Gym: “Mark Gleason is not an educator.”

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[ the naked city ]

Hite told his “buddy Mark” that he “could not disagree more with some of the comments,” and that New Orleans has seen mixed results for students. Philadelphia Student Union executive director Hiram Rivera, a co-panelist, also harshly criticized Gleason. “His comments showed an inexcusable level of insensitivity for the community of New Orleans [which is] still trying to piece itself back together after Hurricane Katrina, and a lack of understanding and empathy for poor communities of color in which nearly all of these ‘losers’ reside,” Rivera wrote in an email to City Paper. “Mark Gleason and his PSP should be shut down and kicked out of Philadelphia.” Socolar says that Philadelphia stands apart from other cities in the way private organizations and public officials support a private role for managing public schools. Currently, more than a third of publicschool students attend charters, which has created a major financial burden for the cash-strapped District. —Daniel Denvir

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✚ Citation Needed?

[ the naked city ]

<<< continued from page 7

For people of resources, it’s easy to get out of these cases. the list, respectively, in terms of summary citations. Even the notoriously violent 22nd District did not rank among the top five for these kinds of crimes. Legal advocates were also skeptical about the efficacy of an increasing number of summary citations, as such charges often disproportionately affect the poor. “We definitely do see a big impact on our clients from these summary convictions,” said Jamie Gullen, a staff attorney at Community Legal Services, an agency that provides counseling and representation for indigent Philadelphians. “A lot of the time we hear from people that didn’t even realize it was a criminal charge because they were just given a citation on the street. Some people think it’s a traffic ticket.” But Gullen added that because the citations show up on background checks and criminal records, some people are denied job opportunities because of these minor and sometimes debatable “offenses.” “We see a lot of clients with disorderly conduct citations, which is one of these super-vague offenses,” she said. “Under the criminal code,

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there’s a provision for disorderly conduct for making a loud noise in a public place. You could probably walk around Philadelphia giving out thousands of [those] citations every day.” Gullen said that average person charged with a summary offense can opt to pay $200 up front and attend a special “summary-diversion program” — basically paying their way out of trouble and expunging their criminal record in the process. She recommended creating a payment-plan system to give low-income residents the same opportunity. “For people of resources, it’s really easy to get out of these cases and not have it impact your record. But for our clients who don’t have $200 to front for these cases, they end up pleading guilty,” said Gullen. “It really is an income issue.” (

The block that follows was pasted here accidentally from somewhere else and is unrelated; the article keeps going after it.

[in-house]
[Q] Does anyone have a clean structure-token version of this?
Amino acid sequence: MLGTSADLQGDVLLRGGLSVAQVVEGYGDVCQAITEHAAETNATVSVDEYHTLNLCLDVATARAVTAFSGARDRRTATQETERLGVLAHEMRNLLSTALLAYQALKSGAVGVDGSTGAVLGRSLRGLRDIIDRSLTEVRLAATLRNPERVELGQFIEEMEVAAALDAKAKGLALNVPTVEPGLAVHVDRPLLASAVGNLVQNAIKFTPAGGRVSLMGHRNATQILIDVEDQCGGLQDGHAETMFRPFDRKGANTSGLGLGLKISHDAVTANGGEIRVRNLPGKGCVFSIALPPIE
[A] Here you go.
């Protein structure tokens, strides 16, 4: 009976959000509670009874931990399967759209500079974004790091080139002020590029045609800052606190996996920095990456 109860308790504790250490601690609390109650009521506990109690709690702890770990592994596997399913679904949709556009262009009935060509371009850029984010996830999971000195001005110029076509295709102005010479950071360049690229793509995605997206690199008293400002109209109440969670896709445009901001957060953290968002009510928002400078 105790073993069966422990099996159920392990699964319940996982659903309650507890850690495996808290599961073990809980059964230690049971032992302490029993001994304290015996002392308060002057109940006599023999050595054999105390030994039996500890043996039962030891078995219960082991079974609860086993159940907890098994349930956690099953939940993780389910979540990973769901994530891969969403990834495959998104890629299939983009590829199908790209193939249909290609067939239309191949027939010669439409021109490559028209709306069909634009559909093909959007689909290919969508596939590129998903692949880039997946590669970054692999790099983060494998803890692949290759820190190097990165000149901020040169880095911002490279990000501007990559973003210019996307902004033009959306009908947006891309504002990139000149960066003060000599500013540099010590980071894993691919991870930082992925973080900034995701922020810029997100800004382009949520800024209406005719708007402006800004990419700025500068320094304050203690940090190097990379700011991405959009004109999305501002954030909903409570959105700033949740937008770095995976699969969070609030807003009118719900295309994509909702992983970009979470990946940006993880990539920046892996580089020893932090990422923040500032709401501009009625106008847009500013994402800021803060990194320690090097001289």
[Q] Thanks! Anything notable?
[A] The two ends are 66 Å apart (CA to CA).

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icepack By A.D. Amorosi

➤ THE SPUR. Get to know it. You’re going to hear that term a lot now that the Reading Viaduct elevated park — Philly’s answer to Manhattan’s High Line — will be sitting pretty above the Eraserhood sooner than expected. Center City District, Friends of the Rail Park and the decade-old Reading Viaduct Project have long campaigned to turn the empty SEPTA railroad spur (starting just off Noble Street at North 11th) into a manicured green space that would attract enterprise (businesses, condos, restaurants) to an emerging neighborhood. Now, the state has pledged over $3 million to start movement on the spur (the gateway to the entire elevated space) with the city pledging nearly $2 million more. Philly has been so interested in dull, quickly erected condos, that I nearly forgot what a beautifully designed noncondo project felt like. Bravo. ➤ Century 21. That’s another name you’ll hear, but it’s got nothing to do with the realty company. I’ve been griping about the Gallery Mall for some time, how it was never tony enough to get a Nordstrom’s or any other high-end retail anchor. Still, the rumors are flying. Next on the rumor docket for the PREIT-owned Gallery: Century 21, the N.J./N.Y. clothier/retail chain. While C21’s NYC shop is cool (near the World Trade Center and nearly destroyed during 9/11), the rest of the chain is more Macy’s than Neiman’s. Eh. ➤ Then there’s the fate of It’s Always Sunny in Philadelphia. A year ago I wrote about how the show had just moved to the FXX Network as rumors flew that writer/actor Glenn Howerton was considering leaving (he gave an interview that hinted at such). Well, nix that. FXX, Howerton, Rob McElhenney and Charlie Day (the series’ writers/producers/stars) just signed a new deal that keeps Philly sunny for at least two more seasons — that would make the series 12 years old, the longest-running live-action comedy in cable history — as well as giving the trio green lights for their upcoming Tracy Morgan series, additional pilot opportunities and script deals. Guess Howerton ain’t leaving. ➤ We’re hearing that George Atterbury, the fairly recently installed director of operations and service for Garces Group, left his post amicably (too much running between Volvér and Bookbinders?). Scott Steenrod will be Garces’ new VP of operations after leaving his food-and-beverage VP post with the beleaguered Celebrity Cruise line. Another longtime Garces alum, Yun Fuentes (who opened Rosa Blanca recently), will be the executive chef at the newly reopening Artful Dodger at Second and Pine — now called Society Hill Society — this weekend. ➤ More ice? See ( 22 | P H I L A D E L P H I A C I T Y PA P E R |